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Since President Barack Obama decided that the pictures of Osama Bin Laden were too gruesome to make public, lest they inflame violence or be used as anti-U.S. propaganda, it will be up to journalists to force transparency from the administration. (That, or Obama could have them leaked, thereby avoiding the complications that come with an officially sanctioned government release.) But assuming that won’t happen, the Associated Press has already taken it upon themselves to file a Freedom of Information Act for a pile of Bin Laden dead body-related media being held by the government, which, if granted by the courts, could require the info to be made public. It probably won’t work! But we still have more details about it in our daily media column Press Clips.
Blood Thirsty: Scott Hodes, a former Freedom of Information and Privacy Act attorney, tells the AP that the status of the photos is “uncertain” at best:
The White House is exempt from FOIA, so the law wouldn’t apply if the images are controlled there. The CIA, which had operational control of the mission, and the Defense Department can use a series of exemptions from the act to block release of the images.
The Associated Press on Monday requested through the federal Freedom of Information Act photos of bin Laden’s body as well as other materials, including video taken by military personnel during the raid and on the USS Carl Vinson, the ship that conducted bin Laden’s burial in the North Arabian Sea. The government has 20 days to respond to a FOIA request.
As if to dare the administration, AP notes that the Obama White House “pledged to be the most transparent government in U.S. history and to comply much more closely with the Freedom of Information Act than the Bush administration did.”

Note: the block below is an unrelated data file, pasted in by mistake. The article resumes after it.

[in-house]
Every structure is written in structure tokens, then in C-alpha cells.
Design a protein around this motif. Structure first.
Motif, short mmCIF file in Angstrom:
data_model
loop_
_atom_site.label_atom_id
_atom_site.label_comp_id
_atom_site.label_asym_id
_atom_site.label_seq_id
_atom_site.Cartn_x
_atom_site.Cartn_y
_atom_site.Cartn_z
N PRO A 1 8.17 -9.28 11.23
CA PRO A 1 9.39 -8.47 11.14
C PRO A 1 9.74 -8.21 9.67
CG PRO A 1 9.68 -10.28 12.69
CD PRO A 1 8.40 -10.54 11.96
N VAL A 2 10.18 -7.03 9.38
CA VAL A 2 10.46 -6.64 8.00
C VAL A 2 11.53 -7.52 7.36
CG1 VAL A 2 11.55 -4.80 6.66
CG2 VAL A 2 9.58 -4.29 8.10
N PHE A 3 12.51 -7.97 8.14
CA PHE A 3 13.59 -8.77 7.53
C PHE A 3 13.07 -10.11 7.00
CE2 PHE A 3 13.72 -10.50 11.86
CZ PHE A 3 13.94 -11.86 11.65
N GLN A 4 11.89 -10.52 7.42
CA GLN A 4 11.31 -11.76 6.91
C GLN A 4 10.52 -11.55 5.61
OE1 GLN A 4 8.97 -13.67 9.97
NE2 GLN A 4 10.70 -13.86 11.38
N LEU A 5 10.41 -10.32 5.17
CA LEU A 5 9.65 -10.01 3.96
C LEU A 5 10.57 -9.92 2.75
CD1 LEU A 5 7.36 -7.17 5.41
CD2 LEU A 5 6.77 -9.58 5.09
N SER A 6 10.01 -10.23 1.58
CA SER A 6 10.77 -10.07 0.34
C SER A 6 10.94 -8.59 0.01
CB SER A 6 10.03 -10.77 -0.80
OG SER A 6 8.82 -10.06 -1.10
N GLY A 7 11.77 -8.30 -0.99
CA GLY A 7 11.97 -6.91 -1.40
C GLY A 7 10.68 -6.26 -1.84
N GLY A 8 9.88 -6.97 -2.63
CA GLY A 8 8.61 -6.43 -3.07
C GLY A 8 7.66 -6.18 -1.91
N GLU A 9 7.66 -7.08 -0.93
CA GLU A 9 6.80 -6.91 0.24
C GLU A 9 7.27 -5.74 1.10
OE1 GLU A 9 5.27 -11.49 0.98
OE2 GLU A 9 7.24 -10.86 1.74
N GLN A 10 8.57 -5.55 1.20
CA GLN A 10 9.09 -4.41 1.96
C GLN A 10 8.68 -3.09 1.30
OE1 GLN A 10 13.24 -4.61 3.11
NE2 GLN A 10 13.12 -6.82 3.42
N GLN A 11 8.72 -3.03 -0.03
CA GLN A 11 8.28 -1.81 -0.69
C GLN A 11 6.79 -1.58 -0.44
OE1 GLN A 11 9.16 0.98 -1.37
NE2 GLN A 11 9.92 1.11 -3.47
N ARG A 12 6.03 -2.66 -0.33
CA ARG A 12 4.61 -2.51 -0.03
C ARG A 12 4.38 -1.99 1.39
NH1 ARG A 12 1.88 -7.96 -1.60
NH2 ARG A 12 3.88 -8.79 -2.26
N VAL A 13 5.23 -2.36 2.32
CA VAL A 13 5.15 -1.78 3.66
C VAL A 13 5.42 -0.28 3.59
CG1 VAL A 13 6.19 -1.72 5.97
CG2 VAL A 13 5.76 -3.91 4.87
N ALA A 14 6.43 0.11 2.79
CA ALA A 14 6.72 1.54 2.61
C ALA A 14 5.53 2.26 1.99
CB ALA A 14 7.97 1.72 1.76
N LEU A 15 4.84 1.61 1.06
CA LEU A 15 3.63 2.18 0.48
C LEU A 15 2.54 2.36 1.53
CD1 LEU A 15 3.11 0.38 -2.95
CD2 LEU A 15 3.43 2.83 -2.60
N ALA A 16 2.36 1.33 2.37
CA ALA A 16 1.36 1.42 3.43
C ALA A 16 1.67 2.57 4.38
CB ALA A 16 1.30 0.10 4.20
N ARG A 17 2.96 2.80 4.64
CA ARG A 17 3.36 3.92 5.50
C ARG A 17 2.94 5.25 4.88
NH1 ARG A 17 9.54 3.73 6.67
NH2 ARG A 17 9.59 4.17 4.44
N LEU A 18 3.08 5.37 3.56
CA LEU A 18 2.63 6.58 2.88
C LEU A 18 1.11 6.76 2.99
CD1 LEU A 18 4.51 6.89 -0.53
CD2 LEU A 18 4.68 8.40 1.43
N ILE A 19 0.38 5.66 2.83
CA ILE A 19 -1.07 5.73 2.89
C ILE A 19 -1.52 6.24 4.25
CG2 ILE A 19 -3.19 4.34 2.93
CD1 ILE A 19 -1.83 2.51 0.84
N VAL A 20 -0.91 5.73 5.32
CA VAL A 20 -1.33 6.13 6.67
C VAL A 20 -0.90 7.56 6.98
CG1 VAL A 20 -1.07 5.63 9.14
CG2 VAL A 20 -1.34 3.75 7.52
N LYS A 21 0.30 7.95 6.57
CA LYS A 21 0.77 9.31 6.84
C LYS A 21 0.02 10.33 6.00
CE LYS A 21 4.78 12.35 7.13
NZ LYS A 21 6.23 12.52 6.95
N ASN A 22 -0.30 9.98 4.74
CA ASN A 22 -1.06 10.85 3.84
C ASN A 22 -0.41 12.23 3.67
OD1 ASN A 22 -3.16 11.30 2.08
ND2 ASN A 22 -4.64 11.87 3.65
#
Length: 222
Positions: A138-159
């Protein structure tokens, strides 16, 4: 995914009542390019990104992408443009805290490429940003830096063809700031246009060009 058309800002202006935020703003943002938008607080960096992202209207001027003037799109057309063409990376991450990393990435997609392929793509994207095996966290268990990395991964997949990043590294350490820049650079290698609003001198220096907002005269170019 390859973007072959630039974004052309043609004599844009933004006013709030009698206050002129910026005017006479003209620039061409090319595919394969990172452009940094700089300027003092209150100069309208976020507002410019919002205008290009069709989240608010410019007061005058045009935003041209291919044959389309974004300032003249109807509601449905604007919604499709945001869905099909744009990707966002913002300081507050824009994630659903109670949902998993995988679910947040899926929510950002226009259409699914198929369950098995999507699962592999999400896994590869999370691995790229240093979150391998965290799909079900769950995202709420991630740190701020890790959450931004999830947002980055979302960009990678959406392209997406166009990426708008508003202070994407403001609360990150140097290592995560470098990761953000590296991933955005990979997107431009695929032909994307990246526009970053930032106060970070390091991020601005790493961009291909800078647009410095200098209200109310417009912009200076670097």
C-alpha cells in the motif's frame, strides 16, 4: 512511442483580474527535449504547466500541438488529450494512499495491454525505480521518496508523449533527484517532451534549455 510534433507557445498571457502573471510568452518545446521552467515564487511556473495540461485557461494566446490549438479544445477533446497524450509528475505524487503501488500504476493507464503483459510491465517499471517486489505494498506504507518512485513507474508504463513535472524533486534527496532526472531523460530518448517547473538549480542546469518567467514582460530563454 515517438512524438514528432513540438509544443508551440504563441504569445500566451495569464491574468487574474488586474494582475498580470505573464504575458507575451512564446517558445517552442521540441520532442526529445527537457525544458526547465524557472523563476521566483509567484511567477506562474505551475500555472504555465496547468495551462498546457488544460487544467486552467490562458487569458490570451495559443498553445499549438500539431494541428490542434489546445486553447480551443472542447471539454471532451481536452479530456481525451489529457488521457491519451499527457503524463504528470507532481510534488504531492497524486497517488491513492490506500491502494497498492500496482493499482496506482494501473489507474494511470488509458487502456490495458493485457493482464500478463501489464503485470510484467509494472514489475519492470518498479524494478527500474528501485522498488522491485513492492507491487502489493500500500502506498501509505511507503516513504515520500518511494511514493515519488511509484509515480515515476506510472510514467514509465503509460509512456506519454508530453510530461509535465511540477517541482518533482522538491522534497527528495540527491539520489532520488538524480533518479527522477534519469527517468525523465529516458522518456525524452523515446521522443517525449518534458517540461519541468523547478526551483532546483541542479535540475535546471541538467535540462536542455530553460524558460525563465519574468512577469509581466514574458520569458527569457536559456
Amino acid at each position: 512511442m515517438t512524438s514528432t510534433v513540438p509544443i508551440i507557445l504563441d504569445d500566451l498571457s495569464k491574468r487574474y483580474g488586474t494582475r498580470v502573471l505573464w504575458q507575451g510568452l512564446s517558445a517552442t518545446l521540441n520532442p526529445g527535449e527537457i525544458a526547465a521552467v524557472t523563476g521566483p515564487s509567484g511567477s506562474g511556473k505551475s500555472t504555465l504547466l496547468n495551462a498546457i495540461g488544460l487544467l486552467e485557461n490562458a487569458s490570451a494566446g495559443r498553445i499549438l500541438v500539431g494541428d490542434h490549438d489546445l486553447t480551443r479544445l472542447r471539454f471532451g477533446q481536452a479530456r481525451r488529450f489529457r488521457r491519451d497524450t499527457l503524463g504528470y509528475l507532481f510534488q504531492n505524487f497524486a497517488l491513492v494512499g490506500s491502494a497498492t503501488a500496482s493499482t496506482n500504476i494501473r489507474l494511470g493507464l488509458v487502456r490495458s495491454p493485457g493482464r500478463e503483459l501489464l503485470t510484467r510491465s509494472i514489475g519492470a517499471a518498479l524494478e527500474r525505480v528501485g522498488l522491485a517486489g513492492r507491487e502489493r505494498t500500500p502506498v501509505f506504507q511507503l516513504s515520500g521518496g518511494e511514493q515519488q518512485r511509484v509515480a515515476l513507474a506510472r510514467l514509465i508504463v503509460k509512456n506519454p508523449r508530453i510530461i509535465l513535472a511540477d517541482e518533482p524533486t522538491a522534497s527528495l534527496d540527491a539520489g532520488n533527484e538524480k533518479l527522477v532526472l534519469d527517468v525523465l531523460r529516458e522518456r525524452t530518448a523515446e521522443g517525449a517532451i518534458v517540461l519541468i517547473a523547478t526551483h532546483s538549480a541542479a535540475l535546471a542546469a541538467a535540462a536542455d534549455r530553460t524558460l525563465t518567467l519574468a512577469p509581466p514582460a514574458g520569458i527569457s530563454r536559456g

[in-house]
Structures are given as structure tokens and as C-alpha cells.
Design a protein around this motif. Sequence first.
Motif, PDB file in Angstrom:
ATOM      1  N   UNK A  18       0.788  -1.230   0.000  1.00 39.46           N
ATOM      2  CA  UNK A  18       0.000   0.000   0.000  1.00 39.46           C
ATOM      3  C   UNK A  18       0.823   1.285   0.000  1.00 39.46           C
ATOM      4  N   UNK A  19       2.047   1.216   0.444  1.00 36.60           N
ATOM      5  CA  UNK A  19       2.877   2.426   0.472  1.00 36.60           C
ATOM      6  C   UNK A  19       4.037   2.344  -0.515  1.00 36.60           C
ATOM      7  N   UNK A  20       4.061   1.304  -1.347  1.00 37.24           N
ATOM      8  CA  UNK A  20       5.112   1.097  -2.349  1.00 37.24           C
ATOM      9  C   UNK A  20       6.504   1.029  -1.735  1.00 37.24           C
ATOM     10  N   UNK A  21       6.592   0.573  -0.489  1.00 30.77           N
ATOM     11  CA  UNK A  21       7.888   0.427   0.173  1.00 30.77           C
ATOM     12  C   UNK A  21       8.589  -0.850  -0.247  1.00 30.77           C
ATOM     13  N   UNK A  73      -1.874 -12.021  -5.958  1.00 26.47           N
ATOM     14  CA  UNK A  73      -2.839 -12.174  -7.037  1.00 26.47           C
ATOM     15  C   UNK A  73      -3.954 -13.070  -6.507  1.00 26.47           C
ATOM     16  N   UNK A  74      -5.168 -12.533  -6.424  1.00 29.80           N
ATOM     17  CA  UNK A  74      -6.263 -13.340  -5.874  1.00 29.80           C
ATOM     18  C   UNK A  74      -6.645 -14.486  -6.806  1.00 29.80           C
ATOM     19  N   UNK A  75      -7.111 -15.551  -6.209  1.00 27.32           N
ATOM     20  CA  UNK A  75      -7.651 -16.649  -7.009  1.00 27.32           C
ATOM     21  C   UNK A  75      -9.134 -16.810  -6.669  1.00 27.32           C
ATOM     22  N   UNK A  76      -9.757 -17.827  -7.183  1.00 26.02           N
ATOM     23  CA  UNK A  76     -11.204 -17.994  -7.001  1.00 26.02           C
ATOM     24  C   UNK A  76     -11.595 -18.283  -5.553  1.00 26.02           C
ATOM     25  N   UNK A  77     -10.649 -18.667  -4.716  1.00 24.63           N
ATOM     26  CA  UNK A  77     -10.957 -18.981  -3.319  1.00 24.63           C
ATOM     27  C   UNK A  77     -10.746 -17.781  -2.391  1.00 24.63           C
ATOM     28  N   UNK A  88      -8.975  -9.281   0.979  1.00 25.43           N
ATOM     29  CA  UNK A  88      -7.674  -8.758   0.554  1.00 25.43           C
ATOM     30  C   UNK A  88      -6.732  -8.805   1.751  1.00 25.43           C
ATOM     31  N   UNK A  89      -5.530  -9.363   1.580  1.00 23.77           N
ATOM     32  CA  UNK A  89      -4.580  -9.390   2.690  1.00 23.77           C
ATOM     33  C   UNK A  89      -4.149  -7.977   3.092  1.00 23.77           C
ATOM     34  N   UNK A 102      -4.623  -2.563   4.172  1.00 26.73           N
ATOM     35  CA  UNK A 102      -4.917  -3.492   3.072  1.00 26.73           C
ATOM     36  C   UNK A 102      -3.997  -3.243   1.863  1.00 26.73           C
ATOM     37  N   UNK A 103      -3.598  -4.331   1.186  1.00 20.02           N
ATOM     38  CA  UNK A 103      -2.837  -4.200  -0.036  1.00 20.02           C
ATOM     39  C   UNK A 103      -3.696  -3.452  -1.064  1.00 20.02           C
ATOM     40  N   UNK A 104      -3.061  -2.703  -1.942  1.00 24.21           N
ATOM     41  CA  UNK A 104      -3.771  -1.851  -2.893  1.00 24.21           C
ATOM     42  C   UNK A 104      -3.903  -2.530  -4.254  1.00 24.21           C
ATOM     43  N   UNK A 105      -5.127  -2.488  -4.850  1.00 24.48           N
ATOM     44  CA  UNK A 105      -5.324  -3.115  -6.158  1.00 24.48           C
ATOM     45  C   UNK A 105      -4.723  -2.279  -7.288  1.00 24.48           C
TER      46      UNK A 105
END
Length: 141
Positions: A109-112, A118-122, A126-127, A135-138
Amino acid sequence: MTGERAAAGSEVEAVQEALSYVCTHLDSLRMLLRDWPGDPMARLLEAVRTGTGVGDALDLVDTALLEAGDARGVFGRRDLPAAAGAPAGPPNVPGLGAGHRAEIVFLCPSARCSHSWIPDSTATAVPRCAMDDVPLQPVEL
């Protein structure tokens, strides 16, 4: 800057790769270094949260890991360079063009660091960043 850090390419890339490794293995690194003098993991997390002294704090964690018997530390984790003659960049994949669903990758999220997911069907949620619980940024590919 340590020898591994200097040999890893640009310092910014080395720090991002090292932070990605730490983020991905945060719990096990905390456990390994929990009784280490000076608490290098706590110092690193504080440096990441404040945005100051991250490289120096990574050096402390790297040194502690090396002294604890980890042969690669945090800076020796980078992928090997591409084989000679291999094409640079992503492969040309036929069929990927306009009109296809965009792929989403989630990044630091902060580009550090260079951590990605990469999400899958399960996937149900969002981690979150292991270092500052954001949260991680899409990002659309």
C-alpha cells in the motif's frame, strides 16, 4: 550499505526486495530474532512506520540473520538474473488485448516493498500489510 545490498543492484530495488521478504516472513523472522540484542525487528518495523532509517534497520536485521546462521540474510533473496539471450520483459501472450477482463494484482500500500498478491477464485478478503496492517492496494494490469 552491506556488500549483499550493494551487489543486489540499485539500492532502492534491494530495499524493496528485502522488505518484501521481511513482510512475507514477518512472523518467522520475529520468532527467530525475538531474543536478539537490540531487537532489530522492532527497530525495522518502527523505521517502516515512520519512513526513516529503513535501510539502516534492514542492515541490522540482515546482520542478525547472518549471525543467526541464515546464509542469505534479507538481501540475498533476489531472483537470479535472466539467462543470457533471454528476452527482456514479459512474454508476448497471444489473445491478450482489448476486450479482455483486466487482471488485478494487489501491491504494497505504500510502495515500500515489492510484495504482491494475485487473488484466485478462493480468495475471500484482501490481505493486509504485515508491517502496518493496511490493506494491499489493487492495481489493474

“I think that it’s going to be a hard road,” Hodes said. “It’s not inconceivable that a court is going to say to release them. But I think the government will fight because it’s made its decision.”
A chorus of bipartisan voices have called for the release of the photos including a few journalists, along with Donald Rumsfeld and Sarah Palin, who tweeted that Obama should stop “pussy-footing around” because she wants attention. A few senators thought they saw a death picture, but they didn’t. (Here are some fakes.) And then there’s Jon Stewart, who also wants the photos out.
Diet Leaks: The Wall Street Journal launched SafeHouse today as a WikiLeaks-style place for anonymous leakers to give documents to the newspaper, who will make journalism out of them if they’re super-good. Except, you might not be anonymous because, as the Guardian points out, the terms and conditions say that the Journal “reserve[s] the right to disclose any information about you to law enforcement authorities or to a requesting third party, without notice, in order to comply with any applicable laws and/or requests under legal process […].” So just don’t piss off the government, okay?
Daily Stats: News Corporation has spent $10 million so far on its “work in progress” iPad newspaper The Daily, the company’s COO said yesterday on an earnings call. He said there have been 800,000 downloads, but declined to say how many of those are paid subscribers or from the free download period or one-time users or provide any other details. He became “mildly agitated” when asked for specifics, and said, “We’re only a month into this.”
Media Moves: Five people stopped working at the Washington Post this week, maybe because of the hipster invasion or articles like the hipster invasion one.